[Marxism] Which rebel groups are in control of northern Aleppo?

Michael Karadjis mkaradjis at gmail.com
Sun Feb 21 01:38:34 MST 2016

Following the post I sent yesterday on the decision of the PYD 
leadership to send the YPG in as ground forces for the Russian 
Blitzkrieg against the anti-Assad rebels of Aleppo province, the other 
main issue often arising in discussion is that of which rebel groups 
control the various parts of Aleppo now under attack.

For many, this is a good excuse to support this thoroughly 
counterrevolutionary action: Oh, but that area is controlled by Nusra, 
so it’s good that the “democratic” forces are ejecting them (even if 
with Russian air power – let me try that: Oh, but Iraq is run by Saddam 
Hussein, who is an extremely brutal tyrant, so of course we need to 
fight on the side of the US Blitzkrieg to unseat him, etc etc).

A particularly disgusting, not to mention disappointing in the extreme, 
example of this was a tweet sent by the head of the 
leftist/Kurdish-based HDP in Turkey, Demirtaş: “Davutoğlu says #Azez 
won't fall. Who's in Azez? Al Nusra and Ahrar ash-Sham. Rapists & people 
who sell women” 

Now the level of outright racism and dehumanisation in this tweet is 
unbelievable (so ordinary Arabic people don’t live there?), and of 
course it is also a lie that either Nusra or Ahrar al-Sham engage in a 
policy of rape (that would be the Assad regime) or sell women (ISIS). 
But as we will see, it is also a lie about who is actually in control of 


First I have to say that I disagree with the premise in any case. It is 
up to the local peoples to choose their political/military leaderships 
in revolutionary situations (in the same way as the PYD/YPG is in 
control of Kurdish regions), and to change them; and even if we dislike 
some of them, it is not up to an outside force; still less one operating 
with Russian air support, to forcefully eject them; and the ethnic 
factor in a military attack cannot be ignored, even if the SDF may 
theoretically be very good on the multi-ethnic issue.

In addition, most areas have been controlled by coalitions of rebel 
groups. Trying to single out areas allegedly controlled only by “Nusra”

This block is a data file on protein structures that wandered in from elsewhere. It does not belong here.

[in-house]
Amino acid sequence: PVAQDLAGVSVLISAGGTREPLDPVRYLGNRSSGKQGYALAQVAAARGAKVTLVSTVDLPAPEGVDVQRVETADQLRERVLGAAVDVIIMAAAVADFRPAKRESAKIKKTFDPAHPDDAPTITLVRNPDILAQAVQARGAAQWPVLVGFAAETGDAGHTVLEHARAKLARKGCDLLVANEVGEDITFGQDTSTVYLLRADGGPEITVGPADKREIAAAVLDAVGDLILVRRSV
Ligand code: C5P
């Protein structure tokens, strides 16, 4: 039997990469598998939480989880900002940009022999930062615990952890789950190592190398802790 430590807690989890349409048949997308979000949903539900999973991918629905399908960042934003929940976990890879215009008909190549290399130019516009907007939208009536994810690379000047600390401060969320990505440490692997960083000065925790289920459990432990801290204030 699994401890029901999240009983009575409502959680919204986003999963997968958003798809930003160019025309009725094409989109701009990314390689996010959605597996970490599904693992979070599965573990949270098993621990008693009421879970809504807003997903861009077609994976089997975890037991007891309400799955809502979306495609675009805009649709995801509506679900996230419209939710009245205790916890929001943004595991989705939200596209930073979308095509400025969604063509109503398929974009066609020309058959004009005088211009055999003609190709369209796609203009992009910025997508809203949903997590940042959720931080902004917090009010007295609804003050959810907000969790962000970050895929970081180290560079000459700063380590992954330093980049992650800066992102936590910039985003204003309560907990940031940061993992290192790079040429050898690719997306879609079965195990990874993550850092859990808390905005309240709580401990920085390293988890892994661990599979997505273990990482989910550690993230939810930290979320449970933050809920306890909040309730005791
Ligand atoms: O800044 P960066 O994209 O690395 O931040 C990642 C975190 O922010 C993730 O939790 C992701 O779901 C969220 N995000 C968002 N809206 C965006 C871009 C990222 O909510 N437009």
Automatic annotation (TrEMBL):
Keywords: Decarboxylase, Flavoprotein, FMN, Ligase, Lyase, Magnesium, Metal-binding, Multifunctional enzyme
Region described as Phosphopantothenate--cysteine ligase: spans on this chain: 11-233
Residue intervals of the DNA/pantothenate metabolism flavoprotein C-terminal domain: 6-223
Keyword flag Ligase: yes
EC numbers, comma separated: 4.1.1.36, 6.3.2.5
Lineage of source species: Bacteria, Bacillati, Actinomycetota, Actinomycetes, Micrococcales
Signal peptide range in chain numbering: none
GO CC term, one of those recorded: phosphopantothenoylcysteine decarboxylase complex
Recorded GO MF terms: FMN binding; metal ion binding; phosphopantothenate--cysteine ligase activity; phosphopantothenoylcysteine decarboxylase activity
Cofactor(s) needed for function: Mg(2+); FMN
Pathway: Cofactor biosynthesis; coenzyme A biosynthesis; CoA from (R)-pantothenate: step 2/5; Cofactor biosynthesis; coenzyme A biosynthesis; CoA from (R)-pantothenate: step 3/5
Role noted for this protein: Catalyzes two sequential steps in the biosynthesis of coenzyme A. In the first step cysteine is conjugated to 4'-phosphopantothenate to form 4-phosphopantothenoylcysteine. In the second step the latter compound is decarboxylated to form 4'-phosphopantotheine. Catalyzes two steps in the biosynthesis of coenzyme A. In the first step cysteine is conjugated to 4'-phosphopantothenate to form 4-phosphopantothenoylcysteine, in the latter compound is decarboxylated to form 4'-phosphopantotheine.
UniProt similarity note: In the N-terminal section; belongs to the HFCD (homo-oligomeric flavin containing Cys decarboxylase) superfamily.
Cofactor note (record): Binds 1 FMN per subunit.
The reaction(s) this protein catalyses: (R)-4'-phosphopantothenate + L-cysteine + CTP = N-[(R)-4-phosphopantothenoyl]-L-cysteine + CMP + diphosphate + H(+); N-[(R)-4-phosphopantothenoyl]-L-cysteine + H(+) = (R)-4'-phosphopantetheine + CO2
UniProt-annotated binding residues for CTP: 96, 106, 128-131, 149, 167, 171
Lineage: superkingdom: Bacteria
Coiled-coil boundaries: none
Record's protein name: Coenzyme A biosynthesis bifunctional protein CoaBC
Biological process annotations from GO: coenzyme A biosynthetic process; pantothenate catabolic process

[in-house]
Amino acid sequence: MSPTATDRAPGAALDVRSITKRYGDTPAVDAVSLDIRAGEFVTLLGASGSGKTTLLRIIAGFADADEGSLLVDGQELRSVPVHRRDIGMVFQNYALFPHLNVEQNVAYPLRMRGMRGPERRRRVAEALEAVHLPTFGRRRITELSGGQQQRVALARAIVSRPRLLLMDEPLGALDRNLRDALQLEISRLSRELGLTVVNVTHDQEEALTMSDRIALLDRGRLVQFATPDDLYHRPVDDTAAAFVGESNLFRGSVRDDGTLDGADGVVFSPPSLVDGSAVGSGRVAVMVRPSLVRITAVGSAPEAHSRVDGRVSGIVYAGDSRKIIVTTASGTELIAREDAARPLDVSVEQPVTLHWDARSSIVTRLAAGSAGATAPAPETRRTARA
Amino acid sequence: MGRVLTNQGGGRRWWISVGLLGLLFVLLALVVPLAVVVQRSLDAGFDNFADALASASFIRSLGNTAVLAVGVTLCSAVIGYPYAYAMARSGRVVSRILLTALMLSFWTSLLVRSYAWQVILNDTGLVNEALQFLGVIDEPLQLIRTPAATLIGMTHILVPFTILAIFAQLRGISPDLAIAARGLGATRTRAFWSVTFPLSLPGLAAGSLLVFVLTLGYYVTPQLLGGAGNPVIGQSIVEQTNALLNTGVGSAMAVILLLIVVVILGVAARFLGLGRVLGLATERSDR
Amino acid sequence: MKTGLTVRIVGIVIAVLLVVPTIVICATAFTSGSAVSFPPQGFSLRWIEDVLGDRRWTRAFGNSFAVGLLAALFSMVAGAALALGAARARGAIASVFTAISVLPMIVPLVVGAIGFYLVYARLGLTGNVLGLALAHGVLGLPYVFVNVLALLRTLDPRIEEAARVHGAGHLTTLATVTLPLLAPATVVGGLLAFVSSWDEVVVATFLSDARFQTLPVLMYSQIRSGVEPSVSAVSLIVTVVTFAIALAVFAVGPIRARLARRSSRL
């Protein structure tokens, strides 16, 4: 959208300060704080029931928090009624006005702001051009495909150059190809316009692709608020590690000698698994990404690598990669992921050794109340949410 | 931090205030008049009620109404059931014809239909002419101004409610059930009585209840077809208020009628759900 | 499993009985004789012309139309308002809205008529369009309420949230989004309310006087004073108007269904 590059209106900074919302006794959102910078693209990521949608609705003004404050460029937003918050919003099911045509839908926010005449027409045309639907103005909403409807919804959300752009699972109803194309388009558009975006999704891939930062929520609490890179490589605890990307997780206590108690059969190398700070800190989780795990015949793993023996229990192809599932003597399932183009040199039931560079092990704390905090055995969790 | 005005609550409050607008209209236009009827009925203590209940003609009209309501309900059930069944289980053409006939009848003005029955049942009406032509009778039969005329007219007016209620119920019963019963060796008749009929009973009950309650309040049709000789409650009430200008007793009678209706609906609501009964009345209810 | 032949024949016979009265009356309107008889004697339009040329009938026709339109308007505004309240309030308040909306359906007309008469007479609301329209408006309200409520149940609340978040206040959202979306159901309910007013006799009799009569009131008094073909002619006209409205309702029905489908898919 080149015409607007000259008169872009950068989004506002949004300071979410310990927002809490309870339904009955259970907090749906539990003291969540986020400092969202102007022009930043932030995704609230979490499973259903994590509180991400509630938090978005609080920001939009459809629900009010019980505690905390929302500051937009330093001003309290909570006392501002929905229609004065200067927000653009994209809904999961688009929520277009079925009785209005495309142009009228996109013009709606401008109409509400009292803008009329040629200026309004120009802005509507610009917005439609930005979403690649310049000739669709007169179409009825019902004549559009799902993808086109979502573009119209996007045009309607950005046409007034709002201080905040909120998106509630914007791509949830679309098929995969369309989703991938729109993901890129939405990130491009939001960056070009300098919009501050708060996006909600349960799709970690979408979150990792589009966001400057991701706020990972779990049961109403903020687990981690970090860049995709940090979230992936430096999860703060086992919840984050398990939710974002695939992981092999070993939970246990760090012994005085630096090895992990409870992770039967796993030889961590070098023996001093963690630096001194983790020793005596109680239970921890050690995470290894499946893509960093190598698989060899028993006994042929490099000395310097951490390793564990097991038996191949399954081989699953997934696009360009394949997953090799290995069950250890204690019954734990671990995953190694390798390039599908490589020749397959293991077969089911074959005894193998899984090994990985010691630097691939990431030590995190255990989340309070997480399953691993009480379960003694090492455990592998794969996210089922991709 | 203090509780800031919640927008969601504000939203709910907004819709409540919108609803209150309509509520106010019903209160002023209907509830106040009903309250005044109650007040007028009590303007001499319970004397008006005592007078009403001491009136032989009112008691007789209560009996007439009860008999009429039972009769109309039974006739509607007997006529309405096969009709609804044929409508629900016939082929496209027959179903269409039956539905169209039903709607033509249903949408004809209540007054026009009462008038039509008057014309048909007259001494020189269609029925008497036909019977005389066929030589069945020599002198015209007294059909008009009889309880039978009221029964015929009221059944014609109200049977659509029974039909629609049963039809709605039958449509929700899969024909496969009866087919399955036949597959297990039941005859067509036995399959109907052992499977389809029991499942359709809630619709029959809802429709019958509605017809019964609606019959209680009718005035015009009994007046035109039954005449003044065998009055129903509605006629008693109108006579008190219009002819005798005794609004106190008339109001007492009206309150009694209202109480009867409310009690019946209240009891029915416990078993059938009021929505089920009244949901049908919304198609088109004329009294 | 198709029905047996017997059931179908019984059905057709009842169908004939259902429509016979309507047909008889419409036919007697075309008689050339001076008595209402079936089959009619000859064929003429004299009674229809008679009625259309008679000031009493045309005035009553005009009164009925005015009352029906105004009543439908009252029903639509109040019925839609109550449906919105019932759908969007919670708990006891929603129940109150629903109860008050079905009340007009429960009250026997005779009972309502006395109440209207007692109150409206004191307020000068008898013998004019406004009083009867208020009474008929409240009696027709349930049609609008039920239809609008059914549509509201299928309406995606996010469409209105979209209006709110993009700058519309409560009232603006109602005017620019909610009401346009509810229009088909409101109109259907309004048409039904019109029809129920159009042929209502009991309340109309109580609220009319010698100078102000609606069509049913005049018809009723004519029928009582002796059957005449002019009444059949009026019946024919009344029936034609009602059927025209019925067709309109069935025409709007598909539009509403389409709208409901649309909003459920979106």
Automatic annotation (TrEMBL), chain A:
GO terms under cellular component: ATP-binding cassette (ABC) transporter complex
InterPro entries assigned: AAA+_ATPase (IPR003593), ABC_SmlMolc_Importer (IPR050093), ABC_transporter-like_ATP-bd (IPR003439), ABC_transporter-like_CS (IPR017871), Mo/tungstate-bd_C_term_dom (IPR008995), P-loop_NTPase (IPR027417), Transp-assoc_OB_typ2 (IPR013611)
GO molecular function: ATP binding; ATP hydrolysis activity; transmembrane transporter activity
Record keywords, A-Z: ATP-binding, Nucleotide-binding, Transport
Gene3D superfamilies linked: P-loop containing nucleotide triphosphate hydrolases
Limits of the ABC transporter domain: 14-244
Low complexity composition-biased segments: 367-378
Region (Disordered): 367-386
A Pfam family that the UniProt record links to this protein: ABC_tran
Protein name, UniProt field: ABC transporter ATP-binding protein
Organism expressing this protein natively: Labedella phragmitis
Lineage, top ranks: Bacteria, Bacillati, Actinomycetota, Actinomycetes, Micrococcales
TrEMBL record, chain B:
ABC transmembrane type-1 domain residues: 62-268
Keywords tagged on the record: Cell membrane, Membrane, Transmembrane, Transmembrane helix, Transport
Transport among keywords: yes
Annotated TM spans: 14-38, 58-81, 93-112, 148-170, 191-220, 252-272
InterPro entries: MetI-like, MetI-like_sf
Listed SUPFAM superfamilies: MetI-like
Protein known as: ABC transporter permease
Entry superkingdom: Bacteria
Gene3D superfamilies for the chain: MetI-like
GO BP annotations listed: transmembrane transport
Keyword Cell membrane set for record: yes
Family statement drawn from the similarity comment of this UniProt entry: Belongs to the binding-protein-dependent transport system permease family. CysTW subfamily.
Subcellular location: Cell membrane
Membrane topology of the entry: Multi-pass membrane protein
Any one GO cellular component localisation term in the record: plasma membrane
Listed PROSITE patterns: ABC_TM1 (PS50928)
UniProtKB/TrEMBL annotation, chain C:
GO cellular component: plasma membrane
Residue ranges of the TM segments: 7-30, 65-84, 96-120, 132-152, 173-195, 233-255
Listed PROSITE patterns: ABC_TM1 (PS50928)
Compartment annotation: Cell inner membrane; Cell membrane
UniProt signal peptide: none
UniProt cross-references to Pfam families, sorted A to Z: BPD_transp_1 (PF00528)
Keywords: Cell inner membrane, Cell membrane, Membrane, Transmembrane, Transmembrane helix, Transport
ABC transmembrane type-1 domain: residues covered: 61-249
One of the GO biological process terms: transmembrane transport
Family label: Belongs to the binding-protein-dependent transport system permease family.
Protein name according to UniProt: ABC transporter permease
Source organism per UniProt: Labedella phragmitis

would be very frustrating; in general there is a loose military alliance 
between all the factions confronting the Assad regime/ISIS, necessary 
due to the overwhelming military superiority of those two (especially 
the regime), and their cooperation. Politically, Nusra tends to stand 
out on a limb compared to all other groups, but in military terms, not 
attacking Nusra now is entirely sensible (though the FSA often finds 
itself clashing with Nusra *in defence* against Nusra transgressions); 
and in any case, as we’ll see below, Nusra has much less to do with the 
Aleppo fighting than is commonly made out.

But anyway, I did a little research to do a summary.


First, on Azaz. In September 2013, ISIS seized Azaz from the ‘Northern 
Storm’ brigade of the Free Syrian Army. Before that, Northern Storm had 
put up a several-month resistance to furious ISIS siege, thereby also 
protecting PYD-controlled Afrin further west; the YPG did not lift a 
finger. But in January 2014, the FSA and other rebels drove ISIS out of 
the whole of western Syria (and temporarily much of eastern Syria), and 
so it was of course driven from Azaz. Since January 2014 Azaz has again 
been the major connection between the rebels and sources of funds, arms, 
trade, refuge etc in Turkey. That is why it is so crucial for the rebels 
to keep control of Azaz.

Since then, the main militia controlling it has again been FSA Northern 
Storm (Liwa Asifat al-Shamal (according to this well-researched article 
from January 2015: 
just as it was before September 2013; therefore, the YPG has attacked, 
with the aid of Russian airstrikes on children’s hospitals, those who 
previously protected it. This article continues: “also present within 
Azaz town but lacking any governing authority is Syria's al-Qa'ida 
affiliate Jabhat al-Nusra (it runs a mosque) … Northern Storm also 
solely controls the (nearby) town of Sawran” 

Notably, despite long-term tension between Azaz and Afrin, there has 
also been significant cooperation, which underlined the potential, and 
the folly of the YPG’s siege of Azaz:

“However, there was some limited cooperation of convenience in the fight 
to drive ISIS out … Since Northern Storm returned to Azaz officially 
under the authority of Liwa al-Tawhid and the Islamic Front in Aleppo 
(now the Levant Front), there has been official neutrality despite 
suspicion that reinforcements come from Afrin to the regime-held Shi’a 
villages of Nubl and Zahara. Securing water from Afrin would therefore 
require greater outreach to the PYD, which may be one of the underlying 
reasons behind the agreement publicly announced in February (2015) 
between the PYD’s military wing the YPG and the Levant Front,